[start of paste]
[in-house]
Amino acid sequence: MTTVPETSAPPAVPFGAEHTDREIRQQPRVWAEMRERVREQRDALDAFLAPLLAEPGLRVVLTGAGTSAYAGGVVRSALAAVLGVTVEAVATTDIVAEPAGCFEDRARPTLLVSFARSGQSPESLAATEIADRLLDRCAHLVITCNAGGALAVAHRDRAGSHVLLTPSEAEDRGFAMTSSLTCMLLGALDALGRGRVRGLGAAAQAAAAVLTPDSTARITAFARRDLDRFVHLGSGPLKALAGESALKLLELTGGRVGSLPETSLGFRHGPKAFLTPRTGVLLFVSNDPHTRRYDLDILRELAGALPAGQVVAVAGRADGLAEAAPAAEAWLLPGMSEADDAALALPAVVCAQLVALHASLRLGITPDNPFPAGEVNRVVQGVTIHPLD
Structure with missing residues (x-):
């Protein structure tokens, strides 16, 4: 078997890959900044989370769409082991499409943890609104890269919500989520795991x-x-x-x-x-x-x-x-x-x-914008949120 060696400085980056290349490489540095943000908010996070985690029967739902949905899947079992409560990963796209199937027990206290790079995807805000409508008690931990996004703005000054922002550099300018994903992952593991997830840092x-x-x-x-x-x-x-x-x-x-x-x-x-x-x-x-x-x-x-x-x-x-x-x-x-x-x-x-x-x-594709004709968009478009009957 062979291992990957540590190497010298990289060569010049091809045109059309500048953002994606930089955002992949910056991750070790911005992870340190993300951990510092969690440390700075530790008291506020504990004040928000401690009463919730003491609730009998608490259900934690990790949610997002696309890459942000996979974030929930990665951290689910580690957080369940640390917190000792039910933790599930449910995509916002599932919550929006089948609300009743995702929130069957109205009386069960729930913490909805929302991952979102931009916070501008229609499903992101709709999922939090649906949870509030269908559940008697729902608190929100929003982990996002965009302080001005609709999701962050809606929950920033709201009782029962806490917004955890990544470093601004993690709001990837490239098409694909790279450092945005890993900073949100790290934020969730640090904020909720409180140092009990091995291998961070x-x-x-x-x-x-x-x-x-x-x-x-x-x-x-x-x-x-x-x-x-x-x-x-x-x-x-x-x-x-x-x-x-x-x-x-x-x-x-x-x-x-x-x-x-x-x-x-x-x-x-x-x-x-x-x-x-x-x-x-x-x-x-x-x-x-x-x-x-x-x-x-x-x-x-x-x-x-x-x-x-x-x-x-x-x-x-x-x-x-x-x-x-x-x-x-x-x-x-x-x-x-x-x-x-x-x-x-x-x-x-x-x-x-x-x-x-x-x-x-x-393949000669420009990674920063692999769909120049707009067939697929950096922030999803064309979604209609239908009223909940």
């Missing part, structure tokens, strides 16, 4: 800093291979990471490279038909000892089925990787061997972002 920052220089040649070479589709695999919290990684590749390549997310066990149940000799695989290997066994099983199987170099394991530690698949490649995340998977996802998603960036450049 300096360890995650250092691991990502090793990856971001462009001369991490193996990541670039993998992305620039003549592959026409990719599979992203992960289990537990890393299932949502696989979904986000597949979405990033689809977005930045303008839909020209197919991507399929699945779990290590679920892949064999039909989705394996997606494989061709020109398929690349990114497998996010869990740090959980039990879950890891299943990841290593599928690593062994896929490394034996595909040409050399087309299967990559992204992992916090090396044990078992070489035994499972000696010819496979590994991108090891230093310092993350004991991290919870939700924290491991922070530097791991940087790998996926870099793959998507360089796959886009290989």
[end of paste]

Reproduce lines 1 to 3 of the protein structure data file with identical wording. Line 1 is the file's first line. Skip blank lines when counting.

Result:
[in-house]
Amino acid sequence: MTTVPETSAPPAVPFGAEHTDREIRQQPRVWAEMRERVREQRDALDAFLAPLLAEPGLRVVLTGAGTSAYAGGVVRSALAAVLGVTVEAVATTDIVAEPAGCFEDRARPTLLVSFARSGQSPESLAATEIADRLLDRCAHLVITCNAGGALAVAHRDRAGSHVLLTPSEAEDRGFAMTSSLTCMLLGALDALGRGRVRGLGAAAQAAAAVLTPDSTARITAFARRDLDRFVHLGSGPLKALAGESALKLLELTGGRVGSLPETSLGFRHGPKAFLTPRTGVLLFVSNDPHTRRYDLDILRELAGALPAGQVVAVAGRADGLAEAAPAAEAWLLPGMSEADDAALALPAVVCAQLVALHASLRLGITPDNPFPAGEVNRVVQGVTIHPLD
Structure with missing residues (x-):